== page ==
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Truckers ask DOT for $1 BILLION investment in safe truck parking


The Owner-Operator Independent Drivers Association (OOIDA) is asking the U.S. Department of Transportation (DOT) for a major investment to combat a lack of safe truck parking spaces.

In a letter sent to U.S Transportation Secretary Pete Buttigieg on Monday, OOIDA President and CEO Todd Spencer called for $1 billion in federal funding tied to the newly passed Infrastructure Investment and Jobs Act (IIJA) to be set aside to address a critical and long-standing lack of truck parking opportunities.

Currently, IIJA does not include funds earmarked for truck parking, but OOIDA calls for DOT to utilize “discretionary funding” to pay for the projects.

The letter points to the updated 2019 Jason’s Law Survey released in December 2020 which concluded that “truck parking shortages are a major problem in every state and region, and that the problem continues to worsen.”

OOIDA says that there is currently “significant” bipartisan support in Congress for investing in truck parking.

The letter addresses safety issues tied to the truck parking shortage:

Truckers need a safe place to rest when they’re tired and to comply with mandatory breaks required by federal regulations. If truck drivers can’t find a safe and legal parking space, they are forced to park in unsafe locations, such as road shoulders or vacant lots, or continue driving when they may want to take a break or are in violation of hours-of-service requirements. This creates safety issues not only for truckers, but for the motoring public as well.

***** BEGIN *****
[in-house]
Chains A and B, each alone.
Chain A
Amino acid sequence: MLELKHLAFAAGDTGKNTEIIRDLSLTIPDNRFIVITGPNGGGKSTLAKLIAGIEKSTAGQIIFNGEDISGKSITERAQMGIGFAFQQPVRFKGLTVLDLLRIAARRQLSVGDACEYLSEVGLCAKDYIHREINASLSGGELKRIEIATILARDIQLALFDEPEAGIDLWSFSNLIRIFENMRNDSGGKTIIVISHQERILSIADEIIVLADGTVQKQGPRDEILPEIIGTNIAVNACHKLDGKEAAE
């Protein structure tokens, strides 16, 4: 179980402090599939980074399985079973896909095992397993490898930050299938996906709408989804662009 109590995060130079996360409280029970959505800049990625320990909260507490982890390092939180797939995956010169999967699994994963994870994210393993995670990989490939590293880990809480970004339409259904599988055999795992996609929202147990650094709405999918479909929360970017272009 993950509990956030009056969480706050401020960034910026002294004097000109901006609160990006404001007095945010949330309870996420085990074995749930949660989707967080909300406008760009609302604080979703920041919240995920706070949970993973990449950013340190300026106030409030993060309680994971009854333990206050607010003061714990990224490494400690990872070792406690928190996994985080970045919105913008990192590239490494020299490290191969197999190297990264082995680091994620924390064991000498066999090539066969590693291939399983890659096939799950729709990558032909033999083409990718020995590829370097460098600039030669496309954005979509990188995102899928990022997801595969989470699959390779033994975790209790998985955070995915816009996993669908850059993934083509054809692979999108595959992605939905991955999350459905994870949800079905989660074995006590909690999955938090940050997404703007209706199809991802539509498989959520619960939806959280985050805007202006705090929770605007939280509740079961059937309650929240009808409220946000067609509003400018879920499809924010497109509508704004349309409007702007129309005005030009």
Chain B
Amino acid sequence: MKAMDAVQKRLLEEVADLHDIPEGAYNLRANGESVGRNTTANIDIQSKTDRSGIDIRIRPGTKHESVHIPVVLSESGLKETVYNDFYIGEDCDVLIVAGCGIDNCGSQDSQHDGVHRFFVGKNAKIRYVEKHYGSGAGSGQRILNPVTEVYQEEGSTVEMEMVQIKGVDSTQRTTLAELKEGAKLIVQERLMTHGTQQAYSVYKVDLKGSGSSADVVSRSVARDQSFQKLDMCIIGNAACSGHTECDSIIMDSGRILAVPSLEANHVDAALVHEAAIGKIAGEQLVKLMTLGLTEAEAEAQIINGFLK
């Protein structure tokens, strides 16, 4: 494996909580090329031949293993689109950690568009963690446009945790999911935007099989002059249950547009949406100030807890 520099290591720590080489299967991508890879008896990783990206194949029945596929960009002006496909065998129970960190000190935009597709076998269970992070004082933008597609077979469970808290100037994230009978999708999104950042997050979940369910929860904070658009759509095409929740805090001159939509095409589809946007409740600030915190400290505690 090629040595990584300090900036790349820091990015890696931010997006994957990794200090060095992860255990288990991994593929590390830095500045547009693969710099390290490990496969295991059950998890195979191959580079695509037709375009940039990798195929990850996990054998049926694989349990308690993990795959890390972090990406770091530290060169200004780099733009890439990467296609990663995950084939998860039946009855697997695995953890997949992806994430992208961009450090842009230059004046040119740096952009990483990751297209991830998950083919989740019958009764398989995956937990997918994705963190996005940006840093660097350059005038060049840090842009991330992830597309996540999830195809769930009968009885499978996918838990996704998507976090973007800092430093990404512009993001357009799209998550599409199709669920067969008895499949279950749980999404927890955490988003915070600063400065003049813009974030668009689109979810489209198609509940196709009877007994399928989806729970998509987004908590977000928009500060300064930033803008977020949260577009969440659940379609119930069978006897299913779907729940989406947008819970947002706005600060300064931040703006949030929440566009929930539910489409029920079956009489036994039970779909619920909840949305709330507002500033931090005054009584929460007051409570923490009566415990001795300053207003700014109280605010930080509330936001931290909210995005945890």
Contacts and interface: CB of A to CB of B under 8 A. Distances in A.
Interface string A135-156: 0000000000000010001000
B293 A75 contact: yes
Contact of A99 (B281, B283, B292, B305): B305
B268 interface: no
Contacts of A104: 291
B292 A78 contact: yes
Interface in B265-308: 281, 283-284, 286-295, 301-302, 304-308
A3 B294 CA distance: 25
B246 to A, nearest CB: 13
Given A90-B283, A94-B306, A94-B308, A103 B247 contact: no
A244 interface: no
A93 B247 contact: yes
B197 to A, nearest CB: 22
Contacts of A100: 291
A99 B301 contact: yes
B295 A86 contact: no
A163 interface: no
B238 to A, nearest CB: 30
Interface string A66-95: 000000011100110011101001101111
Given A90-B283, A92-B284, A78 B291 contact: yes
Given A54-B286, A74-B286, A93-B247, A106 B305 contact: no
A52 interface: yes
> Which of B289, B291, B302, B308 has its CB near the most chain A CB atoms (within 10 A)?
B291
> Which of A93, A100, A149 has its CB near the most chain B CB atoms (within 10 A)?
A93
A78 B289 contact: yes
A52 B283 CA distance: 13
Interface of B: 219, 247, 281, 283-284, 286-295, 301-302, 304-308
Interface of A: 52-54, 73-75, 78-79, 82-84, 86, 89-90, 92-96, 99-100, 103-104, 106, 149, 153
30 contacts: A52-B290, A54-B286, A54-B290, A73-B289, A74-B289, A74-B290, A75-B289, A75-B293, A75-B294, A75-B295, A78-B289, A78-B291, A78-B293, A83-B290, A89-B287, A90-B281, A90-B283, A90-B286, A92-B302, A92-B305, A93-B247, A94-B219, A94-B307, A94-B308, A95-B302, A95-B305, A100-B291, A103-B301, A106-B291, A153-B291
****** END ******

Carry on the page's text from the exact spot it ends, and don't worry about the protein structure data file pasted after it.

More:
Spencer also says that current supply chain woes could be at least partially alleviated by adding more truck parking spaces:

Fixing the parking shortage will also help address ongoing supply chain disruptions. Studies indicate truckers spend on average 56 minutes a day of driving time looking for parking. By reducing this wasted time, USDOT can help alleviate supply chain issues by enabling drivers to be more efficient. To put this in context, MIT Professor David Correll, who specializes in supply chains and trucking research, said during a recent House Transportation and Infrastructure Committee hearing that if all truckers added just 18 minutes of driving time to their working day, it would add enough capacity to address the alleged “driver shortage.” While we know there is no shortage of drivers, this shows that the time wasted finding parking directly affects the current disruptions. 

The letter concludes by pointing out that increasing available truck parking is an essential step in making trucking a more attractive career option and could help to reduce driver turnover.

You have spoken about the need to make truck driving a more viable and sustainable career for those entering the industry and the countless Americans already making their living behind the wheel. You’ve recognized firsthand that the mythical shortage of drivers is tied directly to retention. Truckers consistently rank the lack of truck parking as one of their top concerns, and there are few better ways you could improve their safety and livelihoods than by addressing the parking crisis. It should not be a shock to anyone that good drivers leave the trucking industry over the inability to find something as basic as a safe place to rest when they are weary. We can and should do better by these absolutely and always essential workers!


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